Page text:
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Christian Music - Reviews, News, Interviews

God and I

  • reviewed by Russ Breimeier Copyright Christianity Today International
  • 2003 1 Apr
God and I
Sounds like … authentic dancehall reggae flavored with R&B and gospelAt a Glance … Papa San's thick Jamaican pronunciation will limit his American audience appeal, but true fans of dancehall reggae will appreciate the quality of his music.

Papa San (a.k.a. Tyrone Thompson) may not be a household name for most people, but he is regarded as one of the most important artists in reggae music over the last 20 years. In fact, he played an integral role in developing what is known as dancehall music–basically reggae lyrics over programmed dance beats. It might be viewed as to reggae what hip-hop is to R&B. With clever and rapid-fire wordplay, often improvised, Papa San has dominated the world music charts over his career (most notably with the 1994 dance hit "The Programme").

In addition to his talents, Christians can rejoice in the news that Papa San gave his life to Jesus Christ in the mid-to-late '90s. It's a pretty amazing story, considering his huge worldly success and the environment he came from. He'd had run-ins with the police for possession of firearms, and both of his brothers were killed in street violence. God still ministered to Papa San through his word, and the acclaimed artist redirected his ways. Though he's met with some rejection since his conversion, Papa San has witnessed thousands turn to Christ as a result of his recent concerts. The lower-case letter in the title of his second Christian release, God and i, is surely intentional, and I'm not sure I've ever seen such concentrated thankfulness to the Lord in an album's liner notes.

God and i is a mix of dancehall reggae with R&B and gospel, so authentic that unless you're up on your Jamaican slang and dialect, you'll struggle to understand Papa San - especially on tracks such as "Pop Style," "Step Pon Di Enemy," and "Stay Far." It's a mixed blessing that the lyrics are printed phonetically in the CD booklet, along with a Jamaican glossary. You'll either make more sense of it or become more confused.

Those who do make sense of his words will discover how thoughtful, clever, and inspirational they are. Papa San hasn't let his faith handicap his craft, as evidenced on the testimonial title track —"I understand the things that you are going through/It is nothing new cause I've been there too/My own reject me just as you/Falsely accused of things I did not do/Like Jaci Velasquez I get on my knees/I realize my problem is just bun and cheese/He's here with me and he will never leave/The cross still bleed, the cross still bleed." Another highlight is "Breathe Again," penned with Papa San's friend Kirk Franklin (he appeared on the best-selling Rebirth of Kirk Franklin album). Blending R&B with reggae, it reveals a deep need for Christ in our lives—"I am like a ship without a rudder when I don't have you/Hopeless lonely man and don't know what to do."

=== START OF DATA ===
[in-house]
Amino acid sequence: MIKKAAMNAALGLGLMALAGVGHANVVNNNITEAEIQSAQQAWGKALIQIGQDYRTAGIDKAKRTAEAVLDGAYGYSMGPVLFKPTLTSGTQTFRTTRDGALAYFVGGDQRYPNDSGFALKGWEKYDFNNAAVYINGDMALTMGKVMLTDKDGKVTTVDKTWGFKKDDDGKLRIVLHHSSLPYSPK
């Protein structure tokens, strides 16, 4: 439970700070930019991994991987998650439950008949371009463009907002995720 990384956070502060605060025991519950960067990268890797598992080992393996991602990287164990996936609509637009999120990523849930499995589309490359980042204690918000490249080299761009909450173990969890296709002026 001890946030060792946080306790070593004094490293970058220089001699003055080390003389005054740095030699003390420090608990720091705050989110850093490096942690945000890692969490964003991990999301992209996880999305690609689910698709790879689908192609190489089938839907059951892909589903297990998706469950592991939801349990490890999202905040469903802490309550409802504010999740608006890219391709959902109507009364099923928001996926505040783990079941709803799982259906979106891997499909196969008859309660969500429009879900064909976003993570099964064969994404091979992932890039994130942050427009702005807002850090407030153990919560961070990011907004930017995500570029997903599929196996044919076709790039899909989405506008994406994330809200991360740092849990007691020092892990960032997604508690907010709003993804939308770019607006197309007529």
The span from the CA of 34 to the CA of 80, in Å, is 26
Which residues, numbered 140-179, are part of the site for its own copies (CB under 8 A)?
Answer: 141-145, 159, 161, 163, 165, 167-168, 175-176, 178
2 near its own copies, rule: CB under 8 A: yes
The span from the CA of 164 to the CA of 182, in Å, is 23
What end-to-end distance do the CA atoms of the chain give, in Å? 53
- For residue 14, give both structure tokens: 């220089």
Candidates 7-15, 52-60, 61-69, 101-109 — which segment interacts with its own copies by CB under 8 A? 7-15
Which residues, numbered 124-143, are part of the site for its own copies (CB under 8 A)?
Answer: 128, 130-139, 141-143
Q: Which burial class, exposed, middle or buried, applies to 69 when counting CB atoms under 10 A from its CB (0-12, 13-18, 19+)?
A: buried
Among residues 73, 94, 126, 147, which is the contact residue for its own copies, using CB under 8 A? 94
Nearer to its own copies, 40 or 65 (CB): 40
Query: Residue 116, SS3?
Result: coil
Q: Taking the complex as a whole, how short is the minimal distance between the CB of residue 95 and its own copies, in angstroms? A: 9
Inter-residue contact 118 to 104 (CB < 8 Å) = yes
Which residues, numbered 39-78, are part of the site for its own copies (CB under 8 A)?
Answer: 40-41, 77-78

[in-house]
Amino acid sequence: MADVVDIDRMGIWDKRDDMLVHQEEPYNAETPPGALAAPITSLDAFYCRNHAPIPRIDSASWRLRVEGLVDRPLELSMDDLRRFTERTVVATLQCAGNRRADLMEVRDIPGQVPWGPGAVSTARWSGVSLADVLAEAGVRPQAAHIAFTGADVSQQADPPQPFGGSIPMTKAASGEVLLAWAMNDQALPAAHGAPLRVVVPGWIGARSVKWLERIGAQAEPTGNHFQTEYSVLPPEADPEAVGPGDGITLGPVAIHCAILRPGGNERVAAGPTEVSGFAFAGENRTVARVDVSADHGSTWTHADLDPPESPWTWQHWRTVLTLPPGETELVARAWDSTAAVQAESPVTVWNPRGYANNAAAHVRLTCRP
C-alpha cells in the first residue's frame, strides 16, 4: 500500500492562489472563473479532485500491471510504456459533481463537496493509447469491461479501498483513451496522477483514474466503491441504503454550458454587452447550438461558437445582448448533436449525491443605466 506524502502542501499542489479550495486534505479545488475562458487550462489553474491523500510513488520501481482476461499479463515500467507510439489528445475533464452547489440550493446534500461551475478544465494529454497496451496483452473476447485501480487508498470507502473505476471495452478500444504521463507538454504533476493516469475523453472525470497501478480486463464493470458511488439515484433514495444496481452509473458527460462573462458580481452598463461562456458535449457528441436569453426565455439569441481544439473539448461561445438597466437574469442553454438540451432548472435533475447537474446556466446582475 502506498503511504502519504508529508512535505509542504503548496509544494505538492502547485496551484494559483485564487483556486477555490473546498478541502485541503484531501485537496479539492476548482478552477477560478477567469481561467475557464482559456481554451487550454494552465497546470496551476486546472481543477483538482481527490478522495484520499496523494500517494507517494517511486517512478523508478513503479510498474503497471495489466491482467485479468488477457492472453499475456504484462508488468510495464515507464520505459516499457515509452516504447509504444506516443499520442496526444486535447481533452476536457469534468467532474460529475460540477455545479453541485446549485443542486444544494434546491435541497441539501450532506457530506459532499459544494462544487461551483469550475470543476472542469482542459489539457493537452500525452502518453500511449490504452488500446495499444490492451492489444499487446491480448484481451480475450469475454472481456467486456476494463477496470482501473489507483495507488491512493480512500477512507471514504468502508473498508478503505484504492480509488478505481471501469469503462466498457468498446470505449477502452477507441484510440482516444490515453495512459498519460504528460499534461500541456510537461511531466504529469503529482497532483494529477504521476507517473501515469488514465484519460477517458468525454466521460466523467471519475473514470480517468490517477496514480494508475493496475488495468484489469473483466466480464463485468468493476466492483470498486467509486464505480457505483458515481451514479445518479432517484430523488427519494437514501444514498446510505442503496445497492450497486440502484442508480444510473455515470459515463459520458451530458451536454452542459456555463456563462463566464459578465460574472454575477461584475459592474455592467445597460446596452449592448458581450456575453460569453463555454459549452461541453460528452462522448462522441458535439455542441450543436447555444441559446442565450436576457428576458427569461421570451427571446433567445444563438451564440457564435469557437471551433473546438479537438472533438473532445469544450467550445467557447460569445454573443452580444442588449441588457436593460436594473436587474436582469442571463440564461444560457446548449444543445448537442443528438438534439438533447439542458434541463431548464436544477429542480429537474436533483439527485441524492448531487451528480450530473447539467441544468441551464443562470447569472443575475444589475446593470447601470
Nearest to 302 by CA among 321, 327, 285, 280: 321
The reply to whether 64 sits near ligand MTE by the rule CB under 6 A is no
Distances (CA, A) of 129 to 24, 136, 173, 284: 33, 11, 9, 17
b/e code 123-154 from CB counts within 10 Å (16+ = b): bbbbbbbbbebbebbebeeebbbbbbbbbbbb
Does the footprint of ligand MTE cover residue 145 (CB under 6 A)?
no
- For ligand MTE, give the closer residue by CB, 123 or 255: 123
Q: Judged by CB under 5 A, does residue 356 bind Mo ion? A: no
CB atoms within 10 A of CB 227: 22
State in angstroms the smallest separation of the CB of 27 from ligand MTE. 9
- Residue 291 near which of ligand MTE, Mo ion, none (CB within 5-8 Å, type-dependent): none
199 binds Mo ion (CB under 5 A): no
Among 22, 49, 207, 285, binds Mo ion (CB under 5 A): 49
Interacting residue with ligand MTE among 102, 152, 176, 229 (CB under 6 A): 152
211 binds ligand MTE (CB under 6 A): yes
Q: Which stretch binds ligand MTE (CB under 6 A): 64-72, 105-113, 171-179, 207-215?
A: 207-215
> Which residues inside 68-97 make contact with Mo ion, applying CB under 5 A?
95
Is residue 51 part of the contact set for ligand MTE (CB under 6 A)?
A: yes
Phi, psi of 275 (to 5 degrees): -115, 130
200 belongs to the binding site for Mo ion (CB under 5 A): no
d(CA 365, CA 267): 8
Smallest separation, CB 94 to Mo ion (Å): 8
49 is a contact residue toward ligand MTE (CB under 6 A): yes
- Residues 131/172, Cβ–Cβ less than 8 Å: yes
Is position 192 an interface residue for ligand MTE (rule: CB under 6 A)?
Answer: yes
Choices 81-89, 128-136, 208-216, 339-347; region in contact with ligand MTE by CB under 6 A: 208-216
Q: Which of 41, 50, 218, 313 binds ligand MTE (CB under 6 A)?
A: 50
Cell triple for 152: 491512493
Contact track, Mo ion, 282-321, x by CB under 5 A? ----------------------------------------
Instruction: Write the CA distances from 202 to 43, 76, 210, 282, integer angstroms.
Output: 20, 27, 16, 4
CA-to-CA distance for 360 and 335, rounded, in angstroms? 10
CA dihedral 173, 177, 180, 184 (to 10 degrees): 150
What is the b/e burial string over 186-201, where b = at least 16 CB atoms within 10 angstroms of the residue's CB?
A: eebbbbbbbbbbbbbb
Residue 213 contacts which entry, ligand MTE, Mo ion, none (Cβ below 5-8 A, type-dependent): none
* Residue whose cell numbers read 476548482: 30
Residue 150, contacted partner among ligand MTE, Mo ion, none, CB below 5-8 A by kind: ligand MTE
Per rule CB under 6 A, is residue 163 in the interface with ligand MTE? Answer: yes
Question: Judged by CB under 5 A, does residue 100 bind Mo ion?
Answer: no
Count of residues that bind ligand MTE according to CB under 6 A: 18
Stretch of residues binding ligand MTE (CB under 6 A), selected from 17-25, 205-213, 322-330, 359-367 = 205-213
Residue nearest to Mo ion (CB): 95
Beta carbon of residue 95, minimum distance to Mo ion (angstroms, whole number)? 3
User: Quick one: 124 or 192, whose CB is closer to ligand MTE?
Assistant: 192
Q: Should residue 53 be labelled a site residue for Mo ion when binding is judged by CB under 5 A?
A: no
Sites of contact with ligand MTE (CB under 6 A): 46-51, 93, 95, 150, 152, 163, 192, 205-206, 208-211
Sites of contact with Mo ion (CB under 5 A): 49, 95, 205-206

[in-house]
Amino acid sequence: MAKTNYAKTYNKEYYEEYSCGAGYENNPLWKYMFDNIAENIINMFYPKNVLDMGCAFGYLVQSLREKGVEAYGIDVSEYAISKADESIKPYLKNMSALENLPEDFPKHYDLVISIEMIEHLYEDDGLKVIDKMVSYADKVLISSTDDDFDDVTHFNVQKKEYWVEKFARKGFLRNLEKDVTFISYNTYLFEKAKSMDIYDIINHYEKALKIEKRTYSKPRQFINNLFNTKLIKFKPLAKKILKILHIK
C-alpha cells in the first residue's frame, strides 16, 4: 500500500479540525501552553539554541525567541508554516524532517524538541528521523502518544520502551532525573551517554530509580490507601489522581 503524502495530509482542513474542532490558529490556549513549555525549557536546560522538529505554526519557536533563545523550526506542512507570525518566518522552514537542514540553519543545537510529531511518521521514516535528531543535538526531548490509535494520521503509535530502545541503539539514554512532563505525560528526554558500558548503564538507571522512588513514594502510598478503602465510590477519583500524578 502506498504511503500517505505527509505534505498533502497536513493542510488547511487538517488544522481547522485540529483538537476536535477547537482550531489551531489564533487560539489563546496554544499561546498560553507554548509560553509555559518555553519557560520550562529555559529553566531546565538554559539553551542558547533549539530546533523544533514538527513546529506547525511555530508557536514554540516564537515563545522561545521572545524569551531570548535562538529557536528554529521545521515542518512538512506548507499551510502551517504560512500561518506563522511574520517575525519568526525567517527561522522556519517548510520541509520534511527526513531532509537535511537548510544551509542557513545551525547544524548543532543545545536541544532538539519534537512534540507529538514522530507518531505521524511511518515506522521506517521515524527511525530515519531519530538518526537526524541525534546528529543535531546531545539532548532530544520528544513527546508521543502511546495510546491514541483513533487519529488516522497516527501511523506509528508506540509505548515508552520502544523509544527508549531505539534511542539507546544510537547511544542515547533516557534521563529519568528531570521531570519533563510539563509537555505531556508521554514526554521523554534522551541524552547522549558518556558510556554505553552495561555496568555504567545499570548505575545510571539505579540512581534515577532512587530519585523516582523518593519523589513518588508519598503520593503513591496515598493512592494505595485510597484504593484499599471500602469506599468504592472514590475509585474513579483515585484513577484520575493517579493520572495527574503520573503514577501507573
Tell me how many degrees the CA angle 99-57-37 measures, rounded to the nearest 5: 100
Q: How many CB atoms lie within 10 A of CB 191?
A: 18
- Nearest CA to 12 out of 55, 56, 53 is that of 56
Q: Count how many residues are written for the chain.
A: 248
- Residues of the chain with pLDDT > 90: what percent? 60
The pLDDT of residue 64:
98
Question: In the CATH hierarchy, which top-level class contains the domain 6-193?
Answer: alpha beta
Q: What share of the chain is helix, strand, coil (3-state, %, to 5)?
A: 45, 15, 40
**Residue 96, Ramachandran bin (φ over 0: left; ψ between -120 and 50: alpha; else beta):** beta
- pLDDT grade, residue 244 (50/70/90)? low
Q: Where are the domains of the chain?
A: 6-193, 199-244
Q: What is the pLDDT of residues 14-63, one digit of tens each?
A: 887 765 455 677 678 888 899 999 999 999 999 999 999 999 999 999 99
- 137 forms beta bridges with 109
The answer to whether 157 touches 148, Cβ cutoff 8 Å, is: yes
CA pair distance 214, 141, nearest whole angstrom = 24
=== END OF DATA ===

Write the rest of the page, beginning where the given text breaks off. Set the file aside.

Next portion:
"I Know" is an enjoyable mix of R&B, reggae, and funk, while songs such as "All God" and "Right Track" incorporate some rock into the sound. "I Call Her Blessed" is a surprisingly dark-sounding reggae tune, considering it's a spiritually rooted love song to Papa San's wife, celebrating all the virtues of womanhood. In contrast, "De Blood" is a fun condemnation of the devil inspired by the book of Revelation—"Satan come out with your hands up/The blood is against you, we have you surrounded."

Some Christian forays into world music (Latin music in particular) unfortunately sound inferior to their mainstream counterparts. Not so with Papa San's latest. A bit like Souljahz's The Fault Is History, the production on God and i is eclectic and first-rate. Not everyone will appreciate the album since reggae is still something of a niche genre beyond the Caribbean. The core audience for Christian reggae is even smaller, but fans should eat it up. It may not sell well in the U.S., but I'm glad Papa San's on the team, sharing the gospel of Christ with an all new audience.